Hamilton on the ratification of the Constitution:
“For my own part, I sincerely esteem it a system which without the finger of God, never could have been suggested and agreed upon by such a diversity of interests.” [1787 after the Constitutional Convention]

Contrast that with Rich and Kippa’s GOD (THE ACLU):
The American Civil Liberties Union’s recent demand that Los Angeles County remove a tiny cross from the county seal demonstrates just how far this and other far left groups will go to remove faith from our nation.

In February of this year, the City of San Diego forked over $950,000 in legal fees to the ACLU for a First Amendment lawsuit filed by the ACLU against the City and the Boy Scouts on behalf of an atheist and a lesbian couple

In 1999, after the ACLU and the People for American Way sued a county library for using software to filter out Internet porn, a federal judge awarded the groups $106,918.25 in legal fees.

ACLU QUOTE:
“Students of liberty, from John Stuart Mill to Thomas Emerson, have all intentionally excluded children from their formula for freedom. The ACLU does not. Not even when the subject is pornography.

In 1982, the ACLU, in an amicus role, lost in a unanimous decision in the Supreme Court to legalize the sale and distribution of child pornography.”
The case is…: New York Vs Ferber, 458 U.S. 747
The ACLU’s position is this: criminalize the production but legalize the sale and distribution of child pornography. This is the kind of lawyerly distinction that no one on the Supreme Court found convincing. And with good reason: as long as a free market in child pornography exists, there will always be some producers willing to risk prosecution. Beyond this, there is also the matter of how the sale of child pornography relates either to free speech or the ends of good government. But most important, the central issue is whether a free society should legalize transactions that involve the wholesale sex ploitation of children for profit.”
So, according to Rich and Kippa’s philosophy, it is desirable even virtuous to protect the rights of child pornographers while at the same time wasting thousands upon thousands of taxpayer’s dollars to remove a cross from State Seal and prevent a school kid from wearing a shirt that says “Jesus” ——man……it’s truly a mad, mad, mad, mad, world!!

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# Lazaro Says:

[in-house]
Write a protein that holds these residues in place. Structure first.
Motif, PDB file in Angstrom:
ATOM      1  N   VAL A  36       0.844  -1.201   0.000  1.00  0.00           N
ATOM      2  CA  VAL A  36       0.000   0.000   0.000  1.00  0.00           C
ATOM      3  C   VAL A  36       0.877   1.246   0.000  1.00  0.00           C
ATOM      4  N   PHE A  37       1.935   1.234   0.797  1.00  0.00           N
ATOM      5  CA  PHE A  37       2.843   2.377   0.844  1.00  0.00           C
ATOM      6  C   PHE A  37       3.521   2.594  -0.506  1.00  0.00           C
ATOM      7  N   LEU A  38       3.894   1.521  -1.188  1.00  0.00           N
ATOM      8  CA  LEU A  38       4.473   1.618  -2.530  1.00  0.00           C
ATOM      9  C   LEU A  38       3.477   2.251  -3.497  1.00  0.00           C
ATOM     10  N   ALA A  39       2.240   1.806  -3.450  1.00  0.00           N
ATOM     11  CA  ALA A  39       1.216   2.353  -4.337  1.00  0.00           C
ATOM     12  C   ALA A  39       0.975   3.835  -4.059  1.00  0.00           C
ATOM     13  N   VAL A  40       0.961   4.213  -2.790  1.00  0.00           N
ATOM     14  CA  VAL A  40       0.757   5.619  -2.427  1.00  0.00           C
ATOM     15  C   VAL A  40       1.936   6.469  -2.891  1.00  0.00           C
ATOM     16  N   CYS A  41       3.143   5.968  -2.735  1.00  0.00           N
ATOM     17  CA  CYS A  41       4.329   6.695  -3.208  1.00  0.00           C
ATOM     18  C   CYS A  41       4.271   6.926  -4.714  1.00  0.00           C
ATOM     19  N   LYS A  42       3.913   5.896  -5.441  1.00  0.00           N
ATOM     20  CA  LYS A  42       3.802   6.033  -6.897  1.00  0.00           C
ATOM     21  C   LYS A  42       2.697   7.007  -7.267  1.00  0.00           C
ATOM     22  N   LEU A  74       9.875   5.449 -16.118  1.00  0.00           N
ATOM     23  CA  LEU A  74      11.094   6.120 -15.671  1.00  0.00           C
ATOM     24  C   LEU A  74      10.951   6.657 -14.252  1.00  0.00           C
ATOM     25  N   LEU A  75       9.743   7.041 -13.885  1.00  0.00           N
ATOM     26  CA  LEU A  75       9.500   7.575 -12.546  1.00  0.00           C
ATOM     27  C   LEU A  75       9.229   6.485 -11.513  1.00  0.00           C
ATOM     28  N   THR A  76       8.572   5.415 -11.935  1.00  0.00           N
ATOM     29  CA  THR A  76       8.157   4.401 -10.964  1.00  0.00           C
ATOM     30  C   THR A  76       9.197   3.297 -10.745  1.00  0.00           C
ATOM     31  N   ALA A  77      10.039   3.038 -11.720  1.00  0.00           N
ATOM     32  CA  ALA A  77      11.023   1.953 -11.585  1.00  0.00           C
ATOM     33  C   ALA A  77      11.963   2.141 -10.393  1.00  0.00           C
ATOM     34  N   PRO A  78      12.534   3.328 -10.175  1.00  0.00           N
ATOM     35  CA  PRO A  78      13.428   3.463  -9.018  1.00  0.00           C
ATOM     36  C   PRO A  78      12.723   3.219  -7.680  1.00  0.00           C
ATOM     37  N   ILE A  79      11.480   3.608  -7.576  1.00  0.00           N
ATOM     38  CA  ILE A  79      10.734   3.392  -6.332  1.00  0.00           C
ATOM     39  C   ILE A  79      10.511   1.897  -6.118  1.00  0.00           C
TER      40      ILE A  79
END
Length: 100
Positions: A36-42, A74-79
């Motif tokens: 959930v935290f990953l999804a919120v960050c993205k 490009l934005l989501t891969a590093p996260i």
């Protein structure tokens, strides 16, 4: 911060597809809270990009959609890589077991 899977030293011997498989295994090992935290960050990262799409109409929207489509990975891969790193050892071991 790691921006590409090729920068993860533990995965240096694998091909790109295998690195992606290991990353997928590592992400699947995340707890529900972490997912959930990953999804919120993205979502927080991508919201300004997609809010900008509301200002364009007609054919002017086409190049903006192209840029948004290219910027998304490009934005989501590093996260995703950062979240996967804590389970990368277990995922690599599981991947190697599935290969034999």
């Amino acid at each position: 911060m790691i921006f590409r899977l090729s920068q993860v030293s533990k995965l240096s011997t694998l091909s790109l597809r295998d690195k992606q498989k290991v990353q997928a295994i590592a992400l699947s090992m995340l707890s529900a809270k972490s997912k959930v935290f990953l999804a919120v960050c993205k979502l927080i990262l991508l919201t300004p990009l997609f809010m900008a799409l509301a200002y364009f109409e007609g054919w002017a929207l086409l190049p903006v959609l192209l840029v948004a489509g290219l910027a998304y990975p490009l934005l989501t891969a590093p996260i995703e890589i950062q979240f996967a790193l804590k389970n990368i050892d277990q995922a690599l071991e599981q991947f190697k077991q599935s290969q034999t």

May 23rd, 2006 at 12:03 pm

I wonder what would happen in Saudi if schoolchildren said the Lord’s Prayer.

I don’t really understand the point you’re trying to make…but here’s an answer:

–who gives a (deleted word) about what happens in Saudi Arabia?!!!! They’re a backward and barbaric country. A thousand years ago they believed in Genies (jinni) a supernatural creature who does one's bidding when summoned from a lamp. But they have progressed greatly in the intervening years and are so much more modern and sophisticated today and their values are certainly worthy of being compared to the U.S. Let’s see: .Now they believe that Muslim 'martyrs' will enjoy rich sensual rewards on reaching paradise. The Islamic paradise is described in great sensual detail in the Koran and the Traditions (HADITHS); for instance, Koran sura 56 verses 12 -40; sura 55 verses 54-56; sura 76 verses 12-22: "They shall recline on jeweled couches face to face, and there shall wait on them immortal youths with bowls and ewers and a cup of purest wine with fruits of their own choice and flesh of fowls that they relish. And theirs shall be dark-eyed virgins chaste as hidden pearls, sheltered in their tents whom neither man nor jinnee will have touched before." A reward for their deeds… We created the houris and made them virgins, loving companions for those on the right hand… (And from the Hadith): 'The smallest reward for the people of paradise is an abode where there are 80,000 servants and 72 virgins, over which stands a dome decorated with pearls, aquamarine, and ruby, as wide as the distance from Al-Jabiyyah to Sana'a "The Prophet said, 'Nobody who enters Paradise will ever like to return to this world even if he were offered everything, except the martyr who will desire to return to this world and be killed 10 times for the sake of the great honor that has been bestowed upon him'." [Sahih Muslim, chapters 781, 782, The Merit of Jihad and the Merit of Martyrdom.]

Asking what would happen to schoolchildren if they said the Lord’s Prayer in Saudi Arabia is like asking how many angels can fit on the head of a pin!!